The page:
Flame retardants spark new concern

From New Orleans, at a meeting of the Society of Toxicology

Breakdown products of some commonly used flame retardants may perturb the normal production of sex hormones, according to preliminary test-tube experiments conducted by Dutch and Swedish scientists. The residues are from polybrominated diphenyl ethers (PBDEs), which are used to fireproof products ranging from furniture cushions to computer cases. Many surveys of blood chemistry have revealed that PBDE residues circulate in most people.

The researchers used cultures of human adrenal gland cells, which are normally responsible for making weak male hormones such as dehydroepiandrosterone, or DHEA. Ordinarily, these steroids circulate throughout the body and transform into potent sex hormones, such as estrogen and testosterone. Pivotal to creating the feedstock steroids is an adrenal enzyme designated as CYP17.

Thomas Sanderson of the University of Utrecht in the Netherlands and his coworkers measured the enzyme’s activity in cells that had been incubated with various PBDEs or with breakdown products created as the body attempts to rid itself of PBDEs.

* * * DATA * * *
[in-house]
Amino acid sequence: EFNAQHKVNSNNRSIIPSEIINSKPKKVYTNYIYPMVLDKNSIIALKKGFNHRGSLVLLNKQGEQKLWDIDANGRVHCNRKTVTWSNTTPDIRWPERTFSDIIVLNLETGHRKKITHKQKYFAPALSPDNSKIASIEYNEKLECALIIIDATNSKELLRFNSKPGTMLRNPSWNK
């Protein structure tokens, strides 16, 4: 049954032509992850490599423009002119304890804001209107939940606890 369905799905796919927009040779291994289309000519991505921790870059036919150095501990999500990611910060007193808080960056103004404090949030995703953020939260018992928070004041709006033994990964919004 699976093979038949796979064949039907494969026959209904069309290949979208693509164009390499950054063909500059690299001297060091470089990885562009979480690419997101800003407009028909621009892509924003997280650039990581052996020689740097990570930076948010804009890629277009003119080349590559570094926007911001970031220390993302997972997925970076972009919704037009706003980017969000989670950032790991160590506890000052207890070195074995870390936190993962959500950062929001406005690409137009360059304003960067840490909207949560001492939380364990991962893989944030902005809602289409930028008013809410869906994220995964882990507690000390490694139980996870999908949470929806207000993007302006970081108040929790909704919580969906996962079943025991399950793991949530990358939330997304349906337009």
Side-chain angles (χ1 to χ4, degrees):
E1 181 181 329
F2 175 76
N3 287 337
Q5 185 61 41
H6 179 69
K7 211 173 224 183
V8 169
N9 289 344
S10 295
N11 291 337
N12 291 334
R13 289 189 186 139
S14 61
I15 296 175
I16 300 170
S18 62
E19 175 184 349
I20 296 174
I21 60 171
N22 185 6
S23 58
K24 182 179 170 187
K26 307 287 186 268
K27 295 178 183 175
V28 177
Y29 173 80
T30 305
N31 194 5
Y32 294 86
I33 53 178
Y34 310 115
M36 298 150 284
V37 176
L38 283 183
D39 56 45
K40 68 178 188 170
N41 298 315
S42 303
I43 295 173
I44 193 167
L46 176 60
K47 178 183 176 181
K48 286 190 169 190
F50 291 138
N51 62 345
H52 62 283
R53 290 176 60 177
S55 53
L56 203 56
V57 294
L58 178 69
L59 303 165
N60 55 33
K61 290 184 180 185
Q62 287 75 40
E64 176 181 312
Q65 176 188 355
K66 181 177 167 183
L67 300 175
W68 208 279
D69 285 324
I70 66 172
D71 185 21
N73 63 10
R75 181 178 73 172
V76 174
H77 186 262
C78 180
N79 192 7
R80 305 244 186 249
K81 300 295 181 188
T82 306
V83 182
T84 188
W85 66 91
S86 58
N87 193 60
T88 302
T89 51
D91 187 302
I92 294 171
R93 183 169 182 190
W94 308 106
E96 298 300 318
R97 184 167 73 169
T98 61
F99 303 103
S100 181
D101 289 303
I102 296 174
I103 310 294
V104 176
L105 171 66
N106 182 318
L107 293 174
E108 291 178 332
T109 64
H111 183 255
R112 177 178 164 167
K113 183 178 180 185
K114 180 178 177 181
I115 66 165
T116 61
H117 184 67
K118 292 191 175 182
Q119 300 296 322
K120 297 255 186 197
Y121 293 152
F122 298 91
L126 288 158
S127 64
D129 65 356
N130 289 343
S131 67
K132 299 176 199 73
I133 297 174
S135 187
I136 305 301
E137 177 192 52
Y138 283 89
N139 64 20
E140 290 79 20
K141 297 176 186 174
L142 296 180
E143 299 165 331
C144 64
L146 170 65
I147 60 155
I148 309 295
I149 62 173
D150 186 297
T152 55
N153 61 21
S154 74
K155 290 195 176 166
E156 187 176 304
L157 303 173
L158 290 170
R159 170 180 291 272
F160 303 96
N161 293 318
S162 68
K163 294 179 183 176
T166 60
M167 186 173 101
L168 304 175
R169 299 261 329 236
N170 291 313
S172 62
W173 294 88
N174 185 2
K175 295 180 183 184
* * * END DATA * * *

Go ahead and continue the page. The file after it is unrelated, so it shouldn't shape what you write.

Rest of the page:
Animal research has indicated that some PBDEs, such as BDE-47 and BDE-99, may impair reproductive development and that BDE-99 may also impair learning and memory (SN: 10/25/03, p. 266: New PCBs?).

Sanderson’s team tested several common PBDEs, none of which had an effect on CYP17 activity. However, products from the metabolic breakdown of BDE-47, BDE-99, and, to a lesser extent, BDE-49 reduced the enzyme’s potency.

“How, we’re not sure,” Sanderson acknowledges, but he adds that the finding “would suggest that at high concentrations, these metabolites could impair [sex hormone] synthesis—which would be deleterious.”

Sanderson cautions that the PBDE and metabolite doses he used in the test-tube studies were high. His group has now begun studying the effects in rats of doses closer to those found in people and the environment.

Janet Raloff is the Editor, Digital of Science News Explores, a daily online magazine for middle school students. She started at Science News in 1977 as the environment and policy writer, specializing in toxicology. To her never-ending surprise, her daughter became a toxicologist.

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